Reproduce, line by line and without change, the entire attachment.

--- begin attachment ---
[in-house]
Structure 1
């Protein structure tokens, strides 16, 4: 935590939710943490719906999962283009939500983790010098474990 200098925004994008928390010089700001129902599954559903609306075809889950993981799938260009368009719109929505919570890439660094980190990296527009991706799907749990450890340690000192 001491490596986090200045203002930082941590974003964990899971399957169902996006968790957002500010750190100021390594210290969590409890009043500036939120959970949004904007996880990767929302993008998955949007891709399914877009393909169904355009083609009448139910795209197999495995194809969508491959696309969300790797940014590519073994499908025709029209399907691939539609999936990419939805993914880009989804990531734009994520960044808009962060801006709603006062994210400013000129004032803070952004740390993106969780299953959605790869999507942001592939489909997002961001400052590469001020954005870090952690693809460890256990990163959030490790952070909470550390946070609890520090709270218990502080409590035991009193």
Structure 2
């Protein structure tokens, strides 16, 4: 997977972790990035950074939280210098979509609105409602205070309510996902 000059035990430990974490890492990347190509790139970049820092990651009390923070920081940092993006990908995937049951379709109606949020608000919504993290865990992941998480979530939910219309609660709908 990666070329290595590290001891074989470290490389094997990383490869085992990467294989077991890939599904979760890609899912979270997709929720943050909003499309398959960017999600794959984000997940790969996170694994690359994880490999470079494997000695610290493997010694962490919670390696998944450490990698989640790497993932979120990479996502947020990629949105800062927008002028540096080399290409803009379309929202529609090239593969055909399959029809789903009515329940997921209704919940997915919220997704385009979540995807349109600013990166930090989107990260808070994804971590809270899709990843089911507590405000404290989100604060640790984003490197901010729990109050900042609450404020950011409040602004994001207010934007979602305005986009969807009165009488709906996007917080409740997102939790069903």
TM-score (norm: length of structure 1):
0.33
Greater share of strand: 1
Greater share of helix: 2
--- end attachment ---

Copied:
[in-house]
Structure 1
């Protein structure tokens, strides 16, 4: 935590939710943490719906999962283009939500983790010098474990 200098925004994008928390010089700001129902599954559903609306075809889950993981799938260009368009719109929505919570890439660094980190990296527009991706799907749990450890340690000192 001491490596986090200045203002930082941590974003964990899971399957169902996006968790957002500010750190100021390594210290969590409890009043500036939120959970949004904007996880990767929302993008998955949007891709399914877009393909169904355009083609009448139910795209197999495995194809969508491959696309969300790797940014590519073994499908025709029209399907691939539609999936990419939805993914880009989804990531734009994520960044808009962060801006709603006062994210400013000129004032803070952004740390993106969780299953959605790869999507942001592939489909997002961001400052590469001020954005870090952690693809460890256990990163959030490790952070909470550390946070609890520090709270218990502080409590035991009193």
Structure 2
């Protein structure tokens, strides 16, 4: 997977972790990035950074939280210098979509609105409602205070309510996902 000059035990430990974490890492990347190509790139970049820092990651009390923070920081940092993006990908995937049951379709109606949020608000919504993290865990992941998480979530939910219309609660709908 990666070329290595590290001891074989470290490389094997990383490869085992990467294989077991890939599904979760890609899912979270997709929720943050909003499309398959960017999600794959984000997940790969996170694994690359994880490999470079494997000695610290493997010694962490919670390696998944450490990698989640790497993932979120990479996502947020990629949105800062927008002028540096080399290409803009379309929202529609090239593969055909399959029809789903009515329940997921209704919940997915919220997704385009979540995807349109600013990166930090989107990260808070994804971590809270899709990843089911507590405000404290989100604060640790984003490197901010729990109050900042609450404020950011409040602004994001207010934007979602305005986009969807009165009488709906996007917080409740997102939790069903």
TM-score (norm: length of structure 1):
0.33
Greater share of strand: 1
Greater share of helix: 2